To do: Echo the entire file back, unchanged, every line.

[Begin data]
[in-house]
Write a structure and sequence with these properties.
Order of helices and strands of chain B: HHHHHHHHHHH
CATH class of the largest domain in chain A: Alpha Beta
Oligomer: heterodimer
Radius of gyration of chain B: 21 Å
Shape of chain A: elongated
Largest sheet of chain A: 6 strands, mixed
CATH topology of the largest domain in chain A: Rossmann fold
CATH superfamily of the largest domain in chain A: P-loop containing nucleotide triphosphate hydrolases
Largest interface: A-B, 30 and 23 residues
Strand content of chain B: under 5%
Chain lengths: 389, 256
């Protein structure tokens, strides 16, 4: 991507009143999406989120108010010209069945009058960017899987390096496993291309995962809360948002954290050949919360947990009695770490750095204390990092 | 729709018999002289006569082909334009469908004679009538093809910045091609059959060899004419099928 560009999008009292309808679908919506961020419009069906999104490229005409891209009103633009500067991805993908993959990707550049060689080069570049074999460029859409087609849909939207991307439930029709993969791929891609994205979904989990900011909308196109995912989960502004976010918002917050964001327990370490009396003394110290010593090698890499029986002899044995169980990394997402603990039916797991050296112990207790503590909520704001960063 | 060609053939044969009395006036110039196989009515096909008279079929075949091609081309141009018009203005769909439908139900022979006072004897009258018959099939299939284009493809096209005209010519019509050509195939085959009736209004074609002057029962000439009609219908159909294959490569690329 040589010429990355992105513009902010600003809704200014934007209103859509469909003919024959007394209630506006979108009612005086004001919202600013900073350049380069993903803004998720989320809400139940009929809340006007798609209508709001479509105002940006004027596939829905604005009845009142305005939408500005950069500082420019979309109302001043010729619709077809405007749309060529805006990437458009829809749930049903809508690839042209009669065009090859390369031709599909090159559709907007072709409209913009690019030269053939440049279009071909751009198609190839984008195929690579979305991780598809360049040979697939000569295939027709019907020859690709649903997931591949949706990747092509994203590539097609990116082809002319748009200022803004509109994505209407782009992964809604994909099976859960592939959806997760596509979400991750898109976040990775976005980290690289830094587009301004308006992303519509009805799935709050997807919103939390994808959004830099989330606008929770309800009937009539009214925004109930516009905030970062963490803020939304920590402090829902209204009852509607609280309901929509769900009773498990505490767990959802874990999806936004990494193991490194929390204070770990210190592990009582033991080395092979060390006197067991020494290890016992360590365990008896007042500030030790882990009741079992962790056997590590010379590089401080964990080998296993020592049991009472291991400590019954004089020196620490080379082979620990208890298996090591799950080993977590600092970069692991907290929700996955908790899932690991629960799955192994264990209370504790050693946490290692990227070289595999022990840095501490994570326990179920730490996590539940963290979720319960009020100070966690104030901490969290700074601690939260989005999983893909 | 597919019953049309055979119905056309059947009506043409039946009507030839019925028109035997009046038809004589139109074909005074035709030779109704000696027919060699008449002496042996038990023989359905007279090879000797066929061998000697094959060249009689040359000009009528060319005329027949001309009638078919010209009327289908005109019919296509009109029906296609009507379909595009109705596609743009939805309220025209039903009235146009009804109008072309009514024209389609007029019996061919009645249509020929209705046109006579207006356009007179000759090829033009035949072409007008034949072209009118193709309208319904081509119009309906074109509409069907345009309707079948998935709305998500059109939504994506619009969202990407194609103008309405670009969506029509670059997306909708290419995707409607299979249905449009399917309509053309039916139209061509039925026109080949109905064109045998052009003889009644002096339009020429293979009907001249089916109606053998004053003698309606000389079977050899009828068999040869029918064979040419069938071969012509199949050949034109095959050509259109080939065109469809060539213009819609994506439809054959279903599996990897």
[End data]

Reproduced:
[in-house]
Write a structure and sequence with these properties.
Order of helices and strands of chain B: HHHHHHHHHHH
CATH class of the largest domain in chain A: Alpha Beta
Oligomer: heterodimer
Radius of gyration of chain B: 21 Å
Shape of chain A: elongated
Largest sheet of chain A: 6 strands, mixed
CATH topology of the largest domain in chain A: Rossmann fold
CATH superfamily of the largest domain in chain A: P-loop containing nucleotide triphosphate hydrolases
Largest interface: A-B, 30 and 23 residues
Strand content of chain B: under 5%
Chain lengths: 389, 256
């Protein structure tokens, strides 16, 4: 991507009143999406989120108010010209069945009058960017899987390096496993291309995962809360948002954290050949919360947990009695770490750095204390990092 | 729709018999002289006569082909334009469908004679009538093809910045091609059959060899004419099928 560009999008009292309808679908919506961020419009069906999104490229005409891209009103633009500067991805993908993959990707550049060689080069570049074999460029859409087609849909939207991307439930029709993969791929891609994205979904989990900011909308196109995912989960502004976010918002917050964001327990370490009396003394110290010593090698890499029986002899044995169980990394997402603990039916797991050296112990207790503590909520704001960063 | 060609053939044969009395006036110039196989009515096909008279079929075949091609081309141009018009203005769909439908139900022979006072004897009258018959099939299939284009493809096209005209010519019509050509195939085959009736209004074609002057029962000439009609219908159909294959490569690329 040589010429990355992105513009902010600003809704200014934007209103859509469909003919024959007394209630506006979108009612005086004001919202600013900073350049380069993903803004998720989320809400139940009929809340006007798609209508709001479509105002940006004027596939829905604005009845009142305005939408500005950069500082420019979309109302001043010729619709077809405007749309060529805006990437458009829809749930049903809508690839042209009669065009090859390369031709599909090159559709907007072709409209913009690019030269053939440049279009071909751009198609190839984008195929690579979305991780598809360049040979697939000569295939027709019907020859690709649903997931591949949706990747092509994203590539097609990116082809002319748009200022803004509109994505209407782009992964809604994909099976859960592939959806997760596509979400991750898109976040990775976005980290690289830094587009301004308006992303519509009805799935709050997807919103939390994808959004830099989330606008929770309800009937009539009214925004109930516009905030970062963490803020939304920590402090829902209204009852509607609280309901929509769900009773498990505490767990959802874990999806936004990494193991490194929390204070770990210190592990009582033991080395092979060390006197067991020494290890016992360590365990008896007042500030030790882990009741079992962790056997590590010379590089401080964990080998296993020592049991009472291991400590019954004089020196620490080379082979620990208890298996090591799950080993977590600092970069692991907290929700996955908790899932690991629960799955192994264990209370504790050693946490290692990227070289595999022990840095501490994570326990179920730490996590539940963290979720319960009020100070966690104030901490969290700074601690939260989005999983893909 | 597919019953049309055979119905056309059947009506043409039946009507030839019925028109035997009046038809004589139109074909005074035709030779109704000696027919060699008449002496042996038990023989359905007279090879000797066929061998000697094959060249009689040359000009009528060319005329027949001309009638078919010209009327289908005109019919296509009109029906296609009507379909595009109705596609743009939805309220025209039903009235146009009804109008072309009514024209389609007029019996061919009645249509020929209705046109006579207006356009007179000759090829033009035949072409007008034949072209009118193709309208319904081509119009309906074109509409069907345009309707079948998935709305998500059109939504994506619009969202990407194609103008309405670009969506029509670059997306909708290419995707409607299979249905449009399917309509053309039916139209061509039925026109080949109905064109045998052009003889009644002096339009020429293979009907001249089916109606053998004053003698309606000389079977050899009828068999040869029918064979040419069938071969012509199949050949034109095959050509259109080939065109469809060539213009819609994506439809054959279903599996990897």